Amy Powell is a high school teacher and photographer from Columbus, Ohio. The oldest of four siblings (different fathers), Amy has taken a keen interest in their upbringing as subjects of her photography, and in countless other ways. When her brother was concerned about being homeless at seventeen, she applied for custody and he completed his senior year of high school while living with her.
Growing up, Amy saw her parents struggle with bankruptcies and evictions, and they moved around frequently. The instability of her upbringing motivated her to be the first in her family to attend and graduate college. When she decided to disclose her plans to study photography, her father told her, “Ninety-nine percent of the world don’t give a $#&% about photography.” She did it anyway. Amy studied photography at Columbus College of Art & Design and later earned a Master of Fine Arts degree at Ohio State University.
For as long as Amy can remember, she has employed the mechanics of the camera to create intimacy, and even distance, with her family. At fifteen, she began documenting the parts of life her mother (the family photographer) did not; the car being repossessed, cat feces on the living room floor, her parents discussing their impending divorce. Organizing the frame and composing a personal narrative that felt more genuine, empowered Amy in situations which often felt powerless. The camera gave her a sense of immunity from life’s challenges.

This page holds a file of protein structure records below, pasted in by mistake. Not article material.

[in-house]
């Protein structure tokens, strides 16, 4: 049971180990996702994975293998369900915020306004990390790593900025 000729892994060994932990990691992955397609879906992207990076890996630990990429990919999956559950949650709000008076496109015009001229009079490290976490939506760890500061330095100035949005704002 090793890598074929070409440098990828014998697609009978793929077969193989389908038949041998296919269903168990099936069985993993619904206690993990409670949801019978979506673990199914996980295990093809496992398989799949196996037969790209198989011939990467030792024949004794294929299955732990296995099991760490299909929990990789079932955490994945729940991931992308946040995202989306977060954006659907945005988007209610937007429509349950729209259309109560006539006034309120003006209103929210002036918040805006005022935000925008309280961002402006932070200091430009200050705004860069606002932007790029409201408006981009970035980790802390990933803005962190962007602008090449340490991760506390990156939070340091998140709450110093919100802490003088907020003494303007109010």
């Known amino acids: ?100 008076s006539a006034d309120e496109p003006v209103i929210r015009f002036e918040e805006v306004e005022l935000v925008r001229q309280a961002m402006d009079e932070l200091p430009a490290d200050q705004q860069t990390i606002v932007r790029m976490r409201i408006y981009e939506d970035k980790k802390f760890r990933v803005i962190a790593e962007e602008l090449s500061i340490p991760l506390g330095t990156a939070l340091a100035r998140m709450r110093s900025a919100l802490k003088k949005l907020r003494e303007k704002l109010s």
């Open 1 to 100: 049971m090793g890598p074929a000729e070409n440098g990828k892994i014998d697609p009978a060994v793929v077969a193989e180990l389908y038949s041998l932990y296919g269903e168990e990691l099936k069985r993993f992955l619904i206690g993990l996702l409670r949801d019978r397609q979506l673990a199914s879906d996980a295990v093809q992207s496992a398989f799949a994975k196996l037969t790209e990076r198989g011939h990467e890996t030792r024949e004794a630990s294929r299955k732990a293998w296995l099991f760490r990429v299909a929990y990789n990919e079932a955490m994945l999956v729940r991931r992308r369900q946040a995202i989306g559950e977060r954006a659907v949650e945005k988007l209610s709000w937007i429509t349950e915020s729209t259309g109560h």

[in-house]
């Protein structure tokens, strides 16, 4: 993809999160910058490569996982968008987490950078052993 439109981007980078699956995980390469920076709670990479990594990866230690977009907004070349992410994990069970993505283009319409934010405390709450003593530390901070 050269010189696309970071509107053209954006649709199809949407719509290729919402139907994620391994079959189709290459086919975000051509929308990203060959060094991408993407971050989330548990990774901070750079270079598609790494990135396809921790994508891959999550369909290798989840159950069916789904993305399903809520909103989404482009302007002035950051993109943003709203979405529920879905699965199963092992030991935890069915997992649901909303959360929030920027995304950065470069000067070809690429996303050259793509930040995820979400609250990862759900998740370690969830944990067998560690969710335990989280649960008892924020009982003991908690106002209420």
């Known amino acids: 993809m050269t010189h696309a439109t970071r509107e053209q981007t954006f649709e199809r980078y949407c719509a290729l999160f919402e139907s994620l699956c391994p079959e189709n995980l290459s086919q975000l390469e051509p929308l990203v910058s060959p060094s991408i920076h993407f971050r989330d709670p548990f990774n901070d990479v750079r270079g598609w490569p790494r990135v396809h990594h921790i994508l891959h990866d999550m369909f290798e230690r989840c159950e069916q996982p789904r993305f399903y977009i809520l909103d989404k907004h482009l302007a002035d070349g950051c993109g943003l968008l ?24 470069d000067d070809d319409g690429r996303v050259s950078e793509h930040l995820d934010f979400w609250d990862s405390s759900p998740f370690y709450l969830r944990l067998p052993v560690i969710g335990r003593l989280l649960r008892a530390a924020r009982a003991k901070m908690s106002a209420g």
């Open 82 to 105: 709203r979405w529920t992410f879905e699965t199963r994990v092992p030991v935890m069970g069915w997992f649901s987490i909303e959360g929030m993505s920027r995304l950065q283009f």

Craving a sense of purpose and a regular paycheck, Amy completed a teacher training program at Ohio State. She has enjoyed teaching art in public schools since, spending summer months pursuing her own work. Her family photos have been published with TIME.
Today, when Amy isn’t teaching or photographing, she can be found remodeling her home, exploring out west, making abstract paintings, or poking around thrift shops. One day she plans to spread joy to the world by breeding funny-looking, Persian cats.